Bottom Line: Candida glabrata is an emerging human fungal pathogen that has efficacious nutrient sensing and responsiveness ability.It can be seen through its ability to thrive in diverse range of nutrient limited-human anatomical sites.The deletion of SNF3 also resulted in the down-regulation of about half of hexose transporters genes (four out of nine).

View Article: PubMed Central - PubMed

Affiliation: Department of Medical Microbiology and Parasitology, Faculty of Medicine and Health Sciences, Universiti Putra Malaysia Serdang, Malaysia.

ABSTRACT
Candida glabrata is an emerging human fungal pathogen that has efficacious nutrient sensing and responsiveness ability. It can be seen through its ability to thrive in diverse range of nutrient limited-human anatomical sites. Therefore, nutrient sensing particularly glucose sensing is thought to be crucial in contributing to the development and fitness of the pathogen. This study aimed to elucidate the role of SNF3 (Sucrose Non Fermenting 3) as a glucose sensor and its possible role in contributing to the fitness and survivability of C. glabrata in glucose-limited environment. The SNF3 knockout strain was constructed and subjected to different glucose concentrations to evaluate its growth, biofilm formation, amphotericin B susceptibility, ex vivo survivability and effects on the transcriptional profiling of the sugar receptor repressor (SRR) pathway-related genes. The CgSNF3Δ strain showed a retarded growth in low glucose environments (0.01 and 0.1%) in both fermentation and respiration-preferred conditions but grew well in high glucose concentration environments (1 and 2%). It was also found to be more susceptible to amphotericin B in low glucose environment (0.1%) and macrophage engulfment but showed no difference in the biofilm formation capability. The deletion of SNF3 also resulted in the down-regulation of about half of hexose transporters genes (four out of nine). Overall, the deletion of SNF3 causes significant reduction in the ability of C. glabrata to sense limited surrounding glucose and consequently disrupts its competency to transport and perform the uptake of this critical nutrient. This study highlighted the role of SNF3 as a high affinity glucose sensor and its role in aiding the survivability of C. glabrata particularly in glucose limited environment.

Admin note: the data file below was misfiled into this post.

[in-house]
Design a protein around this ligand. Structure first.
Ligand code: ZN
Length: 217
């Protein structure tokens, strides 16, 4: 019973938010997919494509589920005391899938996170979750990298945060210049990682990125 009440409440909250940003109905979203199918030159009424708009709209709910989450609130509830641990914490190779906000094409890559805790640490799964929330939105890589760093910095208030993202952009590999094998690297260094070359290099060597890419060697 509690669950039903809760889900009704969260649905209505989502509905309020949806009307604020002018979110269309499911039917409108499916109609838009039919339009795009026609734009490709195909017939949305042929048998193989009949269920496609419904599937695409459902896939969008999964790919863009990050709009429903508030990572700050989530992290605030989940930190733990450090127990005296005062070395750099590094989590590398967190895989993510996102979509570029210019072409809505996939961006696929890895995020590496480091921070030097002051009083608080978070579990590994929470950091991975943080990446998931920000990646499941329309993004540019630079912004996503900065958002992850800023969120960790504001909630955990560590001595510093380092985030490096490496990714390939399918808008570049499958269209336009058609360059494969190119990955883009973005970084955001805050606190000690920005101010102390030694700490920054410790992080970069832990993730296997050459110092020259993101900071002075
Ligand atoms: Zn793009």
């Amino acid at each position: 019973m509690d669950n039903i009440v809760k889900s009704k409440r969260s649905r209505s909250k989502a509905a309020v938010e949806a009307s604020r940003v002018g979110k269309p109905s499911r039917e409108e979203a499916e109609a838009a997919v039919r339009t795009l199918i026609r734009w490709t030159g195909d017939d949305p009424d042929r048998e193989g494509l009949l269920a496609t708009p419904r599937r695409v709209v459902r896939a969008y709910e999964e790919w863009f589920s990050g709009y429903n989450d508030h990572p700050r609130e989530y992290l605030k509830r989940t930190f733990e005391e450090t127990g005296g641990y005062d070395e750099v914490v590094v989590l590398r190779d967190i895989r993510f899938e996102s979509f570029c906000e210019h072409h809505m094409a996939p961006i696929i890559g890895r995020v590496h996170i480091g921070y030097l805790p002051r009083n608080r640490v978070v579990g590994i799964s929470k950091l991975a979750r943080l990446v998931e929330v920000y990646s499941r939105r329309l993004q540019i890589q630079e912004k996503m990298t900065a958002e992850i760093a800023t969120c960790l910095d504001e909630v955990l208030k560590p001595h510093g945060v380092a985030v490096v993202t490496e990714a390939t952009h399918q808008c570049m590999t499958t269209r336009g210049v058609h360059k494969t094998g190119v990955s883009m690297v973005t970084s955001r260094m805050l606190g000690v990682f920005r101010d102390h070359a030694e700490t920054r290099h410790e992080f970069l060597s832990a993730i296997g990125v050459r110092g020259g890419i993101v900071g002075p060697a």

No MeSH data available.


Related in: MedlinePlus